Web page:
What is PRP?
PRP stands for platelet rich plasma. PRP is created through concentrating the platelets (proteins) from your body by spinning blood in a centrifuge.
What are the benefits?
Platelets have been shown to release growth factors, which promote and accelerate the healing process. Growth factors released from the platelets accelerate connective tissue repair of tendons, ligaments and cartilage.
What conditions are treated with PRP?
If you have a tendon or ligament injury that has failed to respond to treatment, then PRP could be the answer. PRP is considered a good alternative to surgery for many chronic tendon problems. PRP has also been shown to promote cartilage growth and slow the progression of osteoarthritis symptoms.
Conditions currently treated include:
What are the alternatives?
Most tendon injuries improve given time and a progressive strengthening programme. Shockwave therapy is a highly effective treatment option for tendon injuries. If treating osteoarthritis, the alternatives include anti-inflammatory medication corticosteroid injections, hyaluronic injections and exercise.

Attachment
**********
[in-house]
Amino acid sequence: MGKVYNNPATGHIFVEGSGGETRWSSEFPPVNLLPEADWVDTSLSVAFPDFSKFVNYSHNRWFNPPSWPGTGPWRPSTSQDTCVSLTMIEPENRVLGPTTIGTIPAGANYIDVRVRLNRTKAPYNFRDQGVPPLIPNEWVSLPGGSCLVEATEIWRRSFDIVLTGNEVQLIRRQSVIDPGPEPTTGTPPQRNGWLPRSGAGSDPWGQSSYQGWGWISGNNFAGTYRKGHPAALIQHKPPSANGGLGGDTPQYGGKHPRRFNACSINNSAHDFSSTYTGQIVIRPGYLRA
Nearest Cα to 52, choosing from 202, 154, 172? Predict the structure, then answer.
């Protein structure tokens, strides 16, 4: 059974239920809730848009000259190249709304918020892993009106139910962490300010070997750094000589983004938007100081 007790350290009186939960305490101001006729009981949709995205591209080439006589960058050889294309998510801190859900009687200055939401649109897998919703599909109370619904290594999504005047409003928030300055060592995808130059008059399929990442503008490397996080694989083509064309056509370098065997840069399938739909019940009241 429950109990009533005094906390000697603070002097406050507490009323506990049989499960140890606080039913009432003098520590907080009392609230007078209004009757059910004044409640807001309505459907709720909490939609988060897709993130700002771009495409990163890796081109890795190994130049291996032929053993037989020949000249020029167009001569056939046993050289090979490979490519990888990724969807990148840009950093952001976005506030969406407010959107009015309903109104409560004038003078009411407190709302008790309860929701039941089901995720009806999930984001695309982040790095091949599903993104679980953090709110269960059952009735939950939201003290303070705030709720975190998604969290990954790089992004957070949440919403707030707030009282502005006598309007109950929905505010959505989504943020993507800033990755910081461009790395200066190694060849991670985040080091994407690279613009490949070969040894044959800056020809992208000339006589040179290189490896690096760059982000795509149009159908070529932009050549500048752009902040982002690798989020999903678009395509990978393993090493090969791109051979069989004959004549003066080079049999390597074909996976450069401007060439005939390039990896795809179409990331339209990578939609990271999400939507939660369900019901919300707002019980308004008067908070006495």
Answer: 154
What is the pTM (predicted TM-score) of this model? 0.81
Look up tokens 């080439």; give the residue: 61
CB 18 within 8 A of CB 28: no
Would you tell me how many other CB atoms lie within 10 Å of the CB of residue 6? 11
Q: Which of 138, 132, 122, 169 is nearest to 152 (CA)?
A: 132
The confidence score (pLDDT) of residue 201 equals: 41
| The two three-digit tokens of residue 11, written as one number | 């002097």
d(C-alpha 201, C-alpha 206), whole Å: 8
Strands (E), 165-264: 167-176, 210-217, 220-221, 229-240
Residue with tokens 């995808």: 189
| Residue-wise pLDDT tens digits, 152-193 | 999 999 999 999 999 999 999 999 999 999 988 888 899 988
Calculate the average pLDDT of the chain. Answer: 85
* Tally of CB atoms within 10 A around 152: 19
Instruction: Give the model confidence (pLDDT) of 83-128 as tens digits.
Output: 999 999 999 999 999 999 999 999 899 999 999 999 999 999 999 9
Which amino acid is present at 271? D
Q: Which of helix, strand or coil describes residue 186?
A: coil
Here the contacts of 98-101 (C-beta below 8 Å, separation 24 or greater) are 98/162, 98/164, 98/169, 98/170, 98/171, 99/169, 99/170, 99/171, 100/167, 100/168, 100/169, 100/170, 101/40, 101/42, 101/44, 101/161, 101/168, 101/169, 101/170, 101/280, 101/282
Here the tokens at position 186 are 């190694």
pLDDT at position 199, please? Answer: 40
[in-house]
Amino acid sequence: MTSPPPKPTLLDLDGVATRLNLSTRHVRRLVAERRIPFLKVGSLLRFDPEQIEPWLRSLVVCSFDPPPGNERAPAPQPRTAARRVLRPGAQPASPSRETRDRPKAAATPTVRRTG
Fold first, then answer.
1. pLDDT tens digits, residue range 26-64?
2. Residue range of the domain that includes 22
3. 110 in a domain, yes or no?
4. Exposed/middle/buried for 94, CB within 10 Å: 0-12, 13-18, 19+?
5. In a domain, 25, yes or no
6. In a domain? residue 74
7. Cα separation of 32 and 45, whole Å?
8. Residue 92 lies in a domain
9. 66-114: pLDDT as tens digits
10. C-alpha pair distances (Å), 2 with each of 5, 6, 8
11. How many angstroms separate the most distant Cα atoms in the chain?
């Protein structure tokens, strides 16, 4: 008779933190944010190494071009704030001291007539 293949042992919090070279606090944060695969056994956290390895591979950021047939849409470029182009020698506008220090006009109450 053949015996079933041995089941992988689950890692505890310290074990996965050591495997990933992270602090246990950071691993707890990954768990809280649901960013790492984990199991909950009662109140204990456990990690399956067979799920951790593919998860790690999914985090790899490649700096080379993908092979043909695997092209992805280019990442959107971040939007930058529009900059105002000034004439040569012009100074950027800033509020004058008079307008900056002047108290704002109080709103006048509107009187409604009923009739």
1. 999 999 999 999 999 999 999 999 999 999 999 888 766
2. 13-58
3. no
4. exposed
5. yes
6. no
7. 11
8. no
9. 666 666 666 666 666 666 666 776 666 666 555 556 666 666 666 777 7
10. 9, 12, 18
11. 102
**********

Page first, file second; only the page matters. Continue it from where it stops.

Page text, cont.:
What happens during the procedure?
A small sample of blood is taken and spun for 9 minutes in a specialist centrifuge. The platelets will be drawn into a specialist syringe ready for the injection. A diagnostic ultrasound scan will locate the exact area to be injected.
It is common to have mild discomfort for 24-48 hours after the injection. A typical course of treatment involves 2-3 injections at monthly intervals to give the best results.
What are the risks?
PRP is a natural healing technique so no medication is used. PRP is a very safe treatment with no serious side effects reported in studies. The risks are very rare but include infection (as with any type of injection), temporary increase in pain and minor bruising.